Greenberg Traurig is fighting former Jack Abramoff business partner Michael Scanlon's effort to block the firm from collecting tens of millions of dollars from him for his role in a fraud conspiracy that bilked a group of Native-American tribes.
Scanlon's lawyers this month filed court papers in Washington’s federal trial court saying Greenberg Traurig, which paid millions to the tribes that were victims in the kickback scheme, is not entitled to reimbursement from Scanlon. The firm’s payments settled threatened or pending litigation.
Scanlon’s lawyers, including Ropes & Gray partner Stephen Braga, allege Greenberg Traurig is a liable party and that it is barred from seeking restitution from Scanlon. In February, a federal judge in Washington sentenced Scanlon to 20 months in prison for his role in the scheme. The judge, Ellen Segal Huvelle, ordered Scanlon to pay Greenberg Traurig nearly $17.7 million in restitution.
Last night, the Williams & Connolly lawyers representing Greenberg Traurig said Scanlon should not be permitted to keep the proceeds from his crimes. The attorneys for the firm, including partner Kevin Downey and associate Carl Metz, said Scanlon’s “unspoken goal” is to keep his money “while leaving others to compensate his victims.”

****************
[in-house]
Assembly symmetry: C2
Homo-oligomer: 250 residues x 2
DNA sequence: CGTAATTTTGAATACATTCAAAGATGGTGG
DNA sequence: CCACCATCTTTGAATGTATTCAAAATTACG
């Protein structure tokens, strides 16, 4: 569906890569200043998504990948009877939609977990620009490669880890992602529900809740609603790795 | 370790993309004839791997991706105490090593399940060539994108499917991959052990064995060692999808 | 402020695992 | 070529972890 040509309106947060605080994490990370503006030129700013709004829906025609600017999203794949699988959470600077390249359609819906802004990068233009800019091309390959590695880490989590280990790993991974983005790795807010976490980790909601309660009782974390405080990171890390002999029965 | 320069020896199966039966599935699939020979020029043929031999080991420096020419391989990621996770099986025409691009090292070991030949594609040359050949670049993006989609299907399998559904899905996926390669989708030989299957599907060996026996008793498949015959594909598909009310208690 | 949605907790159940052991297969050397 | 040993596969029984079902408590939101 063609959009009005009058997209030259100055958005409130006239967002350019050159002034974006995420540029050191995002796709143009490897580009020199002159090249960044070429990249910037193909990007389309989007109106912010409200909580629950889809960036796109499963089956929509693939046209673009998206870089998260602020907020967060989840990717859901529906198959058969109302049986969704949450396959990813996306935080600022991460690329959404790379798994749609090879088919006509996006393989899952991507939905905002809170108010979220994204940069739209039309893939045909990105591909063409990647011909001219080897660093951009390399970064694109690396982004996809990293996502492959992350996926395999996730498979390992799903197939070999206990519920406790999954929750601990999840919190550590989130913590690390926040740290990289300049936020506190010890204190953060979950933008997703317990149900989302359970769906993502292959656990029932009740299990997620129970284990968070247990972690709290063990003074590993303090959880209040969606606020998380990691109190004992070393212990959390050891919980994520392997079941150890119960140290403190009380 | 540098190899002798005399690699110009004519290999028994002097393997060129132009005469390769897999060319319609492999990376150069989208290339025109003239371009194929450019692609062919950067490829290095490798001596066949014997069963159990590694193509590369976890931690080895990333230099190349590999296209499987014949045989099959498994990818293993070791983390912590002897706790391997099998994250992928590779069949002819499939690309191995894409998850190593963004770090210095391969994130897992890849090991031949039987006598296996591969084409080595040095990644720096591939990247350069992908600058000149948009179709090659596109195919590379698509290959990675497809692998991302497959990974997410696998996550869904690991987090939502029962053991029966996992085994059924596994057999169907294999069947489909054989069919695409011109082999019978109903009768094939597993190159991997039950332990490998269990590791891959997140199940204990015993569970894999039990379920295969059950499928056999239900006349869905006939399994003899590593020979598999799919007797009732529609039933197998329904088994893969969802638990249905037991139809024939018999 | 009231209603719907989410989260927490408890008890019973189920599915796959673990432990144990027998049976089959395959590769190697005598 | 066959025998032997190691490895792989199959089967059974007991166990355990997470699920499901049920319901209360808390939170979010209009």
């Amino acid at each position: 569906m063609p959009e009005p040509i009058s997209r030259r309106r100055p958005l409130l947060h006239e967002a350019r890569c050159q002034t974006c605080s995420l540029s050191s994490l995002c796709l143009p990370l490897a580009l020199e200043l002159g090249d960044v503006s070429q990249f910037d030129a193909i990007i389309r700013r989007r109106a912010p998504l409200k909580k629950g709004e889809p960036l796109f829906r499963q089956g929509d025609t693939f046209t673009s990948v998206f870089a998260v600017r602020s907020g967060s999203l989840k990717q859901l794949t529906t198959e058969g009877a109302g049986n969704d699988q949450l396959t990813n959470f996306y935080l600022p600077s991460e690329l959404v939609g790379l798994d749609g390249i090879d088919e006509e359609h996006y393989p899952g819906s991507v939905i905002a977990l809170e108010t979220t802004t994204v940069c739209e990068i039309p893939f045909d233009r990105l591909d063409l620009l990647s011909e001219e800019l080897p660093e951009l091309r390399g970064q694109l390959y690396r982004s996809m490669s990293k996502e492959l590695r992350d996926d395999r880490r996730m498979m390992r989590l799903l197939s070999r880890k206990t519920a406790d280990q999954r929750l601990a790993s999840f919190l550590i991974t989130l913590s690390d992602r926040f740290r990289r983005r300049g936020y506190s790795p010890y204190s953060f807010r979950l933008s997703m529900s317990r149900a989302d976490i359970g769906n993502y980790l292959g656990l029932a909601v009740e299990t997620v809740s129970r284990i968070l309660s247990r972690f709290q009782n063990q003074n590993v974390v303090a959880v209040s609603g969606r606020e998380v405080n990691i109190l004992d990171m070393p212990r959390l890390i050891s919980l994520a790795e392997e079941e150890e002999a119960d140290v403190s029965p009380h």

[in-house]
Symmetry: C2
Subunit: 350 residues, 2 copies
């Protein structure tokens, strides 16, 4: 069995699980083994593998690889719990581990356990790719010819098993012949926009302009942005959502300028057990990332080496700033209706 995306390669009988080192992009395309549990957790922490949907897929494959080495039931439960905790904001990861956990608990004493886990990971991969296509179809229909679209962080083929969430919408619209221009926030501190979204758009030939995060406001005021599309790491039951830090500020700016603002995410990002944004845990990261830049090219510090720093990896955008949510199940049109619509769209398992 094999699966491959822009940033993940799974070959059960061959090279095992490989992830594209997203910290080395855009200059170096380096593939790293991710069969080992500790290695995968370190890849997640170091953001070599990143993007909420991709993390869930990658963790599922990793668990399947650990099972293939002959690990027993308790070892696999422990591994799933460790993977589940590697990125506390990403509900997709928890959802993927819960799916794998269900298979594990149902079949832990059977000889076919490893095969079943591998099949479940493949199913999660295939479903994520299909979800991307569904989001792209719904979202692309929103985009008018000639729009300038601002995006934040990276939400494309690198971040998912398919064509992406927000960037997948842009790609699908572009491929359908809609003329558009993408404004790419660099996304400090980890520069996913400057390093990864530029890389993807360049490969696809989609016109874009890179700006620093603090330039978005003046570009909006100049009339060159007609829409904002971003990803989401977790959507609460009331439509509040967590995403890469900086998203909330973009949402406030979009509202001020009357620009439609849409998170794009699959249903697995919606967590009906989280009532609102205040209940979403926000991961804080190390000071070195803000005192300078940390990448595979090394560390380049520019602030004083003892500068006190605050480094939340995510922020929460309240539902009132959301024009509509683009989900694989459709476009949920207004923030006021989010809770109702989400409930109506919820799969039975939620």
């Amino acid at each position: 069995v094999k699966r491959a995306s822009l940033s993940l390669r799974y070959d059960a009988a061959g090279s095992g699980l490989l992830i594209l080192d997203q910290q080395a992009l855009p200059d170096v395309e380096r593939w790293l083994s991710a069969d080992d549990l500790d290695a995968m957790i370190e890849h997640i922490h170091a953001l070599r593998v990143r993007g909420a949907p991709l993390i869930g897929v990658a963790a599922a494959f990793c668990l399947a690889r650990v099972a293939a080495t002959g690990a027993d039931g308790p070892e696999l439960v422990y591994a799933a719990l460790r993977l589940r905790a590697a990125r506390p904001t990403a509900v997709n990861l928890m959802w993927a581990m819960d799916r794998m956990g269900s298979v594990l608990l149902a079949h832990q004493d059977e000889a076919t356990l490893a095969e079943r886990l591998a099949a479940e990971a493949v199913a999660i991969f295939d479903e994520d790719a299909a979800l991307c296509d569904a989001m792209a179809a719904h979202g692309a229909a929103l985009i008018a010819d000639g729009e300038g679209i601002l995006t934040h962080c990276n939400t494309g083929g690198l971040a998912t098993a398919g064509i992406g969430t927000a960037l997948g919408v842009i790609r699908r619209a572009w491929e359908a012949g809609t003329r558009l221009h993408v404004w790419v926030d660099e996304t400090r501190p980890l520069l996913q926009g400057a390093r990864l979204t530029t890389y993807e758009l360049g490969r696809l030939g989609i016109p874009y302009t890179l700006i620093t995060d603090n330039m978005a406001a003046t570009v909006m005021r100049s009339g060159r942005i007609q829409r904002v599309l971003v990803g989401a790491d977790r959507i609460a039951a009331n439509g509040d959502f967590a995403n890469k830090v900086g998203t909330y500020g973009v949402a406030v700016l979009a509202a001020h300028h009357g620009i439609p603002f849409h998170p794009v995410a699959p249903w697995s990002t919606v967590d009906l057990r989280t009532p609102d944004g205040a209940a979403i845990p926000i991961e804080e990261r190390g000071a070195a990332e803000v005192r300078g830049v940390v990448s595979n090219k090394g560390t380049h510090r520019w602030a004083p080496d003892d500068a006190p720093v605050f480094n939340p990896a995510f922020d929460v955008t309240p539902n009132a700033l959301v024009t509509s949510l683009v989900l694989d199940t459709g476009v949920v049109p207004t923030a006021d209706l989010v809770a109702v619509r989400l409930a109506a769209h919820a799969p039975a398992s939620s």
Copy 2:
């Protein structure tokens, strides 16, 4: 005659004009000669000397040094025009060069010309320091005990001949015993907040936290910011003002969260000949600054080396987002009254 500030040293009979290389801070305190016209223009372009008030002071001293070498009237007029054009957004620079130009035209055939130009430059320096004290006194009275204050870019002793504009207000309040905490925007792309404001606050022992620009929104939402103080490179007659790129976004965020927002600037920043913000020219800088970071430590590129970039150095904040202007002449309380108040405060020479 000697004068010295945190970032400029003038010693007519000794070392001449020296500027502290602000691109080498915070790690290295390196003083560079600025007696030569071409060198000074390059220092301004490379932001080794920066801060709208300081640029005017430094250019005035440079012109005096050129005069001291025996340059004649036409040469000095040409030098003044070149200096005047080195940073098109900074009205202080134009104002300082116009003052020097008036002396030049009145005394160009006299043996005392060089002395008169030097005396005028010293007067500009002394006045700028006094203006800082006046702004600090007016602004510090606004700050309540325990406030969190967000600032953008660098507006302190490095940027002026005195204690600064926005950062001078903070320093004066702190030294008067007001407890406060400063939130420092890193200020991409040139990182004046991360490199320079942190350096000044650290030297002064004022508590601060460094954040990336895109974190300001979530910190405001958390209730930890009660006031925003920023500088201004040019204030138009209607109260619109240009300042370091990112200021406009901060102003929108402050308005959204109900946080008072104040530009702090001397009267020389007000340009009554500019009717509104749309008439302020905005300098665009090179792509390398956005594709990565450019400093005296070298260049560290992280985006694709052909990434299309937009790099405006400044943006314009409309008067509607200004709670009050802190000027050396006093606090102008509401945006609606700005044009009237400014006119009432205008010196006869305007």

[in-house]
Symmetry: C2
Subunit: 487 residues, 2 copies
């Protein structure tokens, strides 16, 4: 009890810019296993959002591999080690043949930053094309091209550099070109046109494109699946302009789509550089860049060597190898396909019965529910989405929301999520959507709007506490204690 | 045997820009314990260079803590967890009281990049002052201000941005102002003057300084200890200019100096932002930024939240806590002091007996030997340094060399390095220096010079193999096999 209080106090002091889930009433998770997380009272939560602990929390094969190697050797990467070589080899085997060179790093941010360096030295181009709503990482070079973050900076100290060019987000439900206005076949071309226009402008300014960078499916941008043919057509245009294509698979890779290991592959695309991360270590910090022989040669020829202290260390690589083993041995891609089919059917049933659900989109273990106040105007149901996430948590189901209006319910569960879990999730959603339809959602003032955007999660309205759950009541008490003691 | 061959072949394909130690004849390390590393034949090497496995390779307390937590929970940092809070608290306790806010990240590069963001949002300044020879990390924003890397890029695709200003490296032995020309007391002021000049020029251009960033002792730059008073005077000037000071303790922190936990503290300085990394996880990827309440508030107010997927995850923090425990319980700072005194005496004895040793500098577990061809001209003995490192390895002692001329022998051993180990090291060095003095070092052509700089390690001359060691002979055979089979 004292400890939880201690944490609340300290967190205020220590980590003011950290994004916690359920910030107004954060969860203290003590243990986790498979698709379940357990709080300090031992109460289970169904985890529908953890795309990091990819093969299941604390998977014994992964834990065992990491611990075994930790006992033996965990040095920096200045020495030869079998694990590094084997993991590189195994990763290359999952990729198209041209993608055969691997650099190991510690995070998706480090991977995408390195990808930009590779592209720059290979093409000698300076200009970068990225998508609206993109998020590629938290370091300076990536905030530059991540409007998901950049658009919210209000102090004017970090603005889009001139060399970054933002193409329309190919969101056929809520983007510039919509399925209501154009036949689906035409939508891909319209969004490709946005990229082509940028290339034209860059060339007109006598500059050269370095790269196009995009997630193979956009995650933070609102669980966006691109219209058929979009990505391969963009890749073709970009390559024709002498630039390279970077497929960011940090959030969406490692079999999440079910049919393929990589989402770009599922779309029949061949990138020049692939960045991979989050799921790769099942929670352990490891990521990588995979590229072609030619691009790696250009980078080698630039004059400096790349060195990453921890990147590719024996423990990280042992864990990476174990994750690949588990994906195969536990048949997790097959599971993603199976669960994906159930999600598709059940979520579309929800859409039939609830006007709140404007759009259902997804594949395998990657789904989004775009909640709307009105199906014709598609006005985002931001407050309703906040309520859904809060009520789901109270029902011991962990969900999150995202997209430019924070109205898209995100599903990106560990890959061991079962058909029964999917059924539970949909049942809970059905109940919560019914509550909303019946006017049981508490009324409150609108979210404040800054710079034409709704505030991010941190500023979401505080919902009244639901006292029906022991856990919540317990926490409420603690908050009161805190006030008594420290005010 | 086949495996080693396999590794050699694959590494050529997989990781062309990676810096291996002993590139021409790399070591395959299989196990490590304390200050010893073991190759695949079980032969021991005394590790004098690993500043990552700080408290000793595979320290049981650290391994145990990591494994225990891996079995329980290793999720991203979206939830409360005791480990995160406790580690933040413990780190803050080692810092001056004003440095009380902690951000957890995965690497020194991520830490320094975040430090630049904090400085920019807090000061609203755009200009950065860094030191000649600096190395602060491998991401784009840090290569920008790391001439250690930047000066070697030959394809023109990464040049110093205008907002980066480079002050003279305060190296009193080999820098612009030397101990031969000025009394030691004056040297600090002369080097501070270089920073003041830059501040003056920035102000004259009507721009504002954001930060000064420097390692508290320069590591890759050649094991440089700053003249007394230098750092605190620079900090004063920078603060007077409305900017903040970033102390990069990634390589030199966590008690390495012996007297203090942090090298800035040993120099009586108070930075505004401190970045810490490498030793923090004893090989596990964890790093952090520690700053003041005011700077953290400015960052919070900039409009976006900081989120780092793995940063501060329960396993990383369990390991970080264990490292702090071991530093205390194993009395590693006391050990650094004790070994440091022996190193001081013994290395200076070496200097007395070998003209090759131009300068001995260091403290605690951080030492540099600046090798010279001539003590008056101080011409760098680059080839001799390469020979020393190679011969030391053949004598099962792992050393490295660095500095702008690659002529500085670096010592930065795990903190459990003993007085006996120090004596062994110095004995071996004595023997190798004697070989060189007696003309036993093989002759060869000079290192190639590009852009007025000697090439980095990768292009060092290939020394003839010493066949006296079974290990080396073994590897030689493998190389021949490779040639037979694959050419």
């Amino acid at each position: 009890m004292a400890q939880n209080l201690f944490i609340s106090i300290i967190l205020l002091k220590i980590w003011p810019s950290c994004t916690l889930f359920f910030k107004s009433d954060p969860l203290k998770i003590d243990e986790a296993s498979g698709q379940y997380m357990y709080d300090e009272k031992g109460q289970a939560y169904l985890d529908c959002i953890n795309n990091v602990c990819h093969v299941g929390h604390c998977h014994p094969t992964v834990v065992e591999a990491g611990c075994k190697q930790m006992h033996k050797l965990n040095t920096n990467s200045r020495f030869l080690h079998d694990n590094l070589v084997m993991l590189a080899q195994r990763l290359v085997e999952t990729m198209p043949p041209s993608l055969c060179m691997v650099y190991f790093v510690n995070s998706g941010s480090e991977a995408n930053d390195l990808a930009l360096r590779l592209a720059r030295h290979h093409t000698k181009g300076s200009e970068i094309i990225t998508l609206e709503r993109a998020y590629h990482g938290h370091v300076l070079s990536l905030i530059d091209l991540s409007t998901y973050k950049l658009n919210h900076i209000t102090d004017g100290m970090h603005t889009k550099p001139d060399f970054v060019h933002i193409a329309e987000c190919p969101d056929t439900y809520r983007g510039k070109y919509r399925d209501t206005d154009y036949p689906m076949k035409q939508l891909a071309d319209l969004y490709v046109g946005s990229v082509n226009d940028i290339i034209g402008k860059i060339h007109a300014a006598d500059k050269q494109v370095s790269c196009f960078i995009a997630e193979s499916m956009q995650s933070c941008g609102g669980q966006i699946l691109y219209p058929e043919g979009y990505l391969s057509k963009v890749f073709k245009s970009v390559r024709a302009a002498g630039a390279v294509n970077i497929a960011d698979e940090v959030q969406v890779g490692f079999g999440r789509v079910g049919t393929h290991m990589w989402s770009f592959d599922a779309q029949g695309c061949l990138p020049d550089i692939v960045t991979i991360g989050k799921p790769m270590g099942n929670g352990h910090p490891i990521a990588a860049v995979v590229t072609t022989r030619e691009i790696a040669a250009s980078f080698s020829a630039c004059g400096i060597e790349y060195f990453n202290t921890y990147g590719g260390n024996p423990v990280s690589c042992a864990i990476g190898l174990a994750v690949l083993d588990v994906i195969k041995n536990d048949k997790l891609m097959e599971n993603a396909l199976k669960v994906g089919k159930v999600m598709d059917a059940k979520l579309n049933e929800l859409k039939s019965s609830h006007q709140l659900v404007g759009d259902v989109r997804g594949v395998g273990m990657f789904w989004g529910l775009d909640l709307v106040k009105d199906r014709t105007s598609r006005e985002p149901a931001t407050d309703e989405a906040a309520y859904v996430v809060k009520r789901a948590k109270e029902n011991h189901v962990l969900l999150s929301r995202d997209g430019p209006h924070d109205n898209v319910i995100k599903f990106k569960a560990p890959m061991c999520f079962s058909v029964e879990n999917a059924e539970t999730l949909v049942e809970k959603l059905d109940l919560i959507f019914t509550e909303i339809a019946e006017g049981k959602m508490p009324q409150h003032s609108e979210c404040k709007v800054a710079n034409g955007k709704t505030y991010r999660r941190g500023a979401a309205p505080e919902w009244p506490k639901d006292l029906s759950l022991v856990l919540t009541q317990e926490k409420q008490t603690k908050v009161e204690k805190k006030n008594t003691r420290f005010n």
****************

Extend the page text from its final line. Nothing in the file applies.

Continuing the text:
Greenberg Traurig’s attorneys said Scanlon has failed to justify what would amount to an “extraordinary hearing” on the issue of the firm’s demand for compensation. Downey said in court papers (PDF) that Scanlon hasn’t shown how Greenberg Traurig is complicit in his crime. Scanlon, the firm’s lawyers said, “leaves to the imagination” how the firm may be liable.
“The motion is silent on that issue, leaving Mr. Scanlon in the position of asking the court to convene an unprecedented hearing for the purpose of proving a set of facts that he refuses to reveal,” Downey (above) said. “There is simply no reason to indulge Mr. Scanlon on these issues any longer.”
Attorneys for Greenberg Traurig said Scanlon is trying to “invent a new procedure unsanctioned by any statute, case or rule of procedure, and to do so for the illicit purpose of attacking a third party’s conduct in an effort to keep the substantial proceeds of his fraud.”
Huvelle, a former Williams & Connolly partner, has now recused herself from the restitution dispute. Chief Judge Royce Lamberth recently picked up the proceedings. Lamberth has not ruled on whether he will allow Scanlon’s reimbursement objection to go forward.